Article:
st martins in the field
Last week I took a trip to London with a good friend to celebrate both our birthdays (mine, late, hers, early). It was such a glorious day – blue skies, lovely and warm.
We decided to include a bit of culture with a visit to The National Gallery. There is no way you can look at everything so we opted to see a few favourite artists’ paintings – namely Monet, Matisse, Van Gogh and Constable. I am always amazed at what different reactions people have when they see art. What some love, others hate and vice versa. There were quiet rooms and others with hordes in front of the ‘popular’ paintings, perhaps missing lesser known ones that are just as wonderful. Tourists aplenty, many with tour headsets, children getting fed up, bohemian types and others like us, casually taking a stroll and admiring the view. No actual photos to share (no photography allowed officially, though I saw many snapping away on camera phones), just my amazement at actually seeing The Hay Wain by Constable and Sunflowers by Van Gogh in reality. My friend’s words at reaching the Van Gogh were ‘oh my goodness, I think I might pee myself! Is it really it? I can’t believe I am standing in front of it!’, with tears in her eyes. Enjoyment in many different forms, eh?
Afterwards we had refreshments outside St Martins In the Fields church. There is a really interesting East Window. At first you think it must be the remains of bomb damage from perhaps WW2, the glass looks warped and you can’t understand how it has been forced inwards and not fallen out. It is a newer installation reflecting what may have been bomb damage. I found it enchanting. (Zoom in if you can or look here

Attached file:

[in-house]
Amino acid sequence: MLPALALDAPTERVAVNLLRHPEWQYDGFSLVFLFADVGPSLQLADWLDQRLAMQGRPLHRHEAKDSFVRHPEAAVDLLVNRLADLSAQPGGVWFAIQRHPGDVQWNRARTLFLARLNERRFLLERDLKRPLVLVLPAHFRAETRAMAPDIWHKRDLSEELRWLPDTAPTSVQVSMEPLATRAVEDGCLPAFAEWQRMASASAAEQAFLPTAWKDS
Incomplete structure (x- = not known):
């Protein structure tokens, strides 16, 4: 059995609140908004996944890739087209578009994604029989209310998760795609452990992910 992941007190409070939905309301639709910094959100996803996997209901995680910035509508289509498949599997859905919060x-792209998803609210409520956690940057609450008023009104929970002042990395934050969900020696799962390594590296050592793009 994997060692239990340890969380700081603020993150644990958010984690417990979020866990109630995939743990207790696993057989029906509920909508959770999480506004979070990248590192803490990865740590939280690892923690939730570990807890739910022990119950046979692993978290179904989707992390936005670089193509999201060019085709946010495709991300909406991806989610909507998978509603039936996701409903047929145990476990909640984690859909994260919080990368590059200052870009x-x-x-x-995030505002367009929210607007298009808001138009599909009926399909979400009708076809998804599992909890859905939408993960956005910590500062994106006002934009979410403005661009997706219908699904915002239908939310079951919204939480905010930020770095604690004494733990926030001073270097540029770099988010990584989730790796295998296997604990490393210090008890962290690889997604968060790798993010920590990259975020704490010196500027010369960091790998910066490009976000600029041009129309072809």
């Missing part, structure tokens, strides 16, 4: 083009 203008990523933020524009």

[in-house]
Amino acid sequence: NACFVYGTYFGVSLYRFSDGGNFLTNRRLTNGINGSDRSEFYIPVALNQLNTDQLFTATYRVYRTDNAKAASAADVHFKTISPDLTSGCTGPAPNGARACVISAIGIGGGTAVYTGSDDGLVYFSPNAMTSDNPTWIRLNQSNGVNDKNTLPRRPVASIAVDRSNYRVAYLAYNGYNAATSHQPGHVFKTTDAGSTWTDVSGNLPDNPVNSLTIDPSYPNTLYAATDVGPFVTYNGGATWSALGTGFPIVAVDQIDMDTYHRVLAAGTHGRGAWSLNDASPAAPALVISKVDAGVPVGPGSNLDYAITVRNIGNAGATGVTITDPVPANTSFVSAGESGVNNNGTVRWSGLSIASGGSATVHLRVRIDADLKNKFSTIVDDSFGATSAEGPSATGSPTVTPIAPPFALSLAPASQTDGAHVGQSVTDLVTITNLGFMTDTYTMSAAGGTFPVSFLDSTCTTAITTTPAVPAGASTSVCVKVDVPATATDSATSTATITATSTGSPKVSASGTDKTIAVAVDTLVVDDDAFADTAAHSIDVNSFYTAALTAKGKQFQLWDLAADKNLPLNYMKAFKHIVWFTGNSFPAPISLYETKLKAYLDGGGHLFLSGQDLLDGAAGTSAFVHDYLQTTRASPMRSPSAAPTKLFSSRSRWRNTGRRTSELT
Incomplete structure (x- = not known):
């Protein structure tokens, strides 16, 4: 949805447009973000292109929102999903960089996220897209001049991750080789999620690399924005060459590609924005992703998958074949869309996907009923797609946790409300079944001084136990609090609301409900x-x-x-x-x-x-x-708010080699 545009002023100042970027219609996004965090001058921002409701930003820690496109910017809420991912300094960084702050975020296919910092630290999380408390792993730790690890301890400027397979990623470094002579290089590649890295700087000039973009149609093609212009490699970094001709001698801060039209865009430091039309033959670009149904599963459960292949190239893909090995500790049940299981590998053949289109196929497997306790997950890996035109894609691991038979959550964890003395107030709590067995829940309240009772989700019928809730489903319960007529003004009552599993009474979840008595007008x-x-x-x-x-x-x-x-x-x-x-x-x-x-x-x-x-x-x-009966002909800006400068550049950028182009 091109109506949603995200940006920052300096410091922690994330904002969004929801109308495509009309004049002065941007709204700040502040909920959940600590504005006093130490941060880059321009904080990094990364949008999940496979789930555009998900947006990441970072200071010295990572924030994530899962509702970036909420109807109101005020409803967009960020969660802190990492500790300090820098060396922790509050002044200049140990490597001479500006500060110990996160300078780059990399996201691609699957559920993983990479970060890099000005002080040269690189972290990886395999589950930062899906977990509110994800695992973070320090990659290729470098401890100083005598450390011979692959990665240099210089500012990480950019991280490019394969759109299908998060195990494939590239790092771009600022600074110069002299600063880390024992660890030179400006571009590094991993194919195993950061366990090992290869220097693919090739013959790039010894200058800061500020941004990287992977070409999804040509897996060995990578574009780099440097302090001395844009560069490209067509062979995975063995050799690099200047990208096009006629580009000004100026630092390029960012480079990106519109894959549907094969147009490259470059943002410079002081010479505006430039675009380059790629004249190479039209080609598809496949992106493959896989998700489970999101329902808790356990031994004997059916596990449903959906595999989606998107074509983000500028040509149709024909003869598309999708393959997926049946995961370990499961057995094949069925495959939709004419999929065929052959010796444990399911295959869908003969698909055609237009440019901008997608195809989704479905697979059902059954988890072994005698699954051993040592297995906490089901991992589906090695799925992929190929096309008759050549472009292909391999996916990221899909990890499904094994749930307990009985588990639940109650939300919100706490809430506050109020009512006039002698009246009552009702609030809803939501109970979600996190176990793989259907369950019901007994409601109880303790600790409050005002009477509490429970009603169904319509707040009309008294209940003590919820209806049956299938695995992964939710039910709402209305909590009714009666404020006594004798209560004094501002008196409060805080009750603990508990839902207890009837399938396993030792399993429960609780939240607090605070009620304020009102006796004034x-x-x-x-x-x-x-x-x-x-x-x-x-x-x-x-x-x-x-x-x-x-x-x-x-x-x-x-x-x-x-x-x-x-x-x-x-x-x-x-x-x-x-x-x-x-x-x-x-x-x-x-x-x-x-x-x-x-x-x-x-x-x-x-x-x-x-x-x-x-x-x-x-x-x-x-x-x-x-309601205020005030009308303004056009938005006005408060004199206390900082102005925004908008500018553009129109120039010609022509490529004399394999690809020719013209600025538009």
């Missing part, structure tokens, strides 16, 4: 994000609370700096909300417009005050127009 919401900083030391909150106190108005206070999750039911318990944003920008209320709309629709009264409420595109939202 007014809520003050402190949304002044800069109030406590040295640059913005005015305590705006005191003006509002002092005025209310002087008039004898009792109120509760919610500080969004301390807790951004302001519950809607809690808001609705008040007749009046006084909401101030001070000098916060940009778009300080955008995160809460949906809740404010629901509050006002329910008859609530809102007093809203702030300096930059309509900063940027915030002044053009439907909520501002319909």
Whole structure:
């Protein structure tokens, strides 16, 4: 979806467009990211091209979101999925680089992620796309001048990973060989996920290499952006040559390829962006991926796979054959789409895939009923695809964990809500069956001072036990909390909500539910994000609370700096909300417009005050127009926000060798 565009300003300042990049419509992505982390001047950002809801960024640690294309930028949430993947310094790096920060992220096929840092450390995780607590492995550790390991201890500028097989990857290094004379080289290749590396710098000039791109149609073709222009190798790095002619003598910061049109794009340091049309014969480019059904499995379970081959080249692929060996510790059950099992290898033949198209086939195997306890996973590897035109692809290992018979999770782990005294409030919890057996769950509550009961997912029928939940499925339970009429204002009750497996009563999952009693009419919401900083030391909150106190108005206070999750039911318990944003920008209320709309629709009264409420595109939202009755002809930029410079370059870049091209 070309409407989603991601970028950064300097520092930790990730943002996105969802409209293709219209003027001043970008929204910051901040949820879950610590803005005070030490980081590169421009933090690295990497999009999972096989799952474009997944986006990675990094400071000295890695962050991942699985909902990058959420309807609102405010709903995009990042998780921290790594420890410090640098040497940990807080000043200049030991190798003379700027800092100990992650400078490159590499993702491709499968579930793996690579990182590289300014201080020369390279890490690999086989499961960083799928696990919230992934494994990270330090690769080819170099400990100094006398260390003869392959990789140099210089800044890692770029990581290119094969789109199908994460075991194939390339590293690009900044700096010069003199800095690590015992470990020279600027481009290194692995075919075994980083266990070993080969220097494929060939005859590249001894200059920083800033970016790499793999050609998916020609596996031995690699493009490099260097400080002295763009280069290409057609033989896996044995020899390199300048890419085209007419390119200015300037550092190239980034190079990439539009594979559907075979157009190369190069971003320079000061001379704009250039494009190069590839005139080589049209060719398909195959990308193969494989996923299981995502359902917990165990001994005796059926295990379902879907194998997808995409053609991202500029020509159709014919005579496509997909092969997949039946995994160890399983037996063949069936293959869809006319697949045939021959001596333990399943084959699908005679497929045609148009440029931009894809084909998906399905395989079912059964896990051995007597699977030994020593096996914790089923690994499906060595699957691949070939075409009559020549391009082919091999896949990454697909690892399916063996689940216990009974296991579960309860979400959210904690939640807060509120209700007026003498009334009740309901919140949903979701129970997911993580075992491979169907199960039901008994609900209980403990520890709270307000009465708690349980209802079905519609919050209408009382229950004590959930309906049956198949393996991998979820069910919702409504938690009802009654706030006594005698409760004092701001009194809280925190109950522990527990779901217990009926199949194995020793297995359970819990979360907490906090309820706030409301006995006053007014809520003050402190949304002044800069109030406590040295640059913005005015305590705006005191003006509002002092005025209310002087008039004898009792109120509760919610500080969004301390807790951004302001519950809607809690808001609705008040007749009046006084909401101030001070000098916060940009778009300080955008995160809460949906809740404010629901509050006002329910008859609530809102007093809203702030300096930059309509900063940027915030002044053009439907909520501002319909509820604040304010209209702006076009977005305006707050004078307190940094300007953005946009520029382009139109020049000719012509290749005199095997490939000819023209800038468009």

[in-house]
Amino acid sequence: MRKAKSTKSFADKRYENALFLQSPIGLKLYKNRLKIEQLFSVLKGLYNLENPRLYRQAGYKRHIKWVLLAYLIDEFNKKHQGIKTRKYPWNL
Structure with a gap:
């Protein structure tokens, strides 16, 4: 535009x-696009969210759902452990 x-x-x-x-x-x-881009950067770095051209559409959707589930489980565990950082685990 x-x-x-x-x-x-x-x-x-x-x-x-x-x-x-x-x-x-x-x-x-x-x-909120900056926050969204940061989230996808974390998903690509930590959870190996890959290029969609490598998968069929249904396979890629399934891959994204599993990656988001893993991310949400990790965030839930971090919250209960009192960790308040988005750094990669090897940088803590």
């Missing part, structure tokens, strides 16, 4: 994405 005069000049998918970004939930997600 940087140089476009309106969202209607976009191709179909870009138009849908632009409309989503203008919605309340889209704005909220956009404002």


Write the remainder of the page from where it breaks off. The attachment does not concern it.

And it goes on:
There was some excitement whilst we sat. A swarm of bees suddenly appeared from nowhere,they weren’t attacking, they were seemingly looking for something else, perhaps an errant Queen Bee. Someone knew there were beekeepers visiting the hives on the roof of the nearby National Gallery so they were summoned to see if they could encourage the bees to move on. Unfortunately they had moved on by then by themselves but it’s not everyday you see a beekeeper in full garb in the middle of London, around the corner from Trafalgar Square, opposite Charing Cross Station! What a great idea, hives on roofs, honey to be sold in the Gallery shop, and how opportune that they were being checked right that moment.
So this was the start of my day – all before the planned Afternoon Tea which was the birthday(s) celebration. We ate scones and jam, cakes and drank champagne. Sometimes it’s great to be another year older!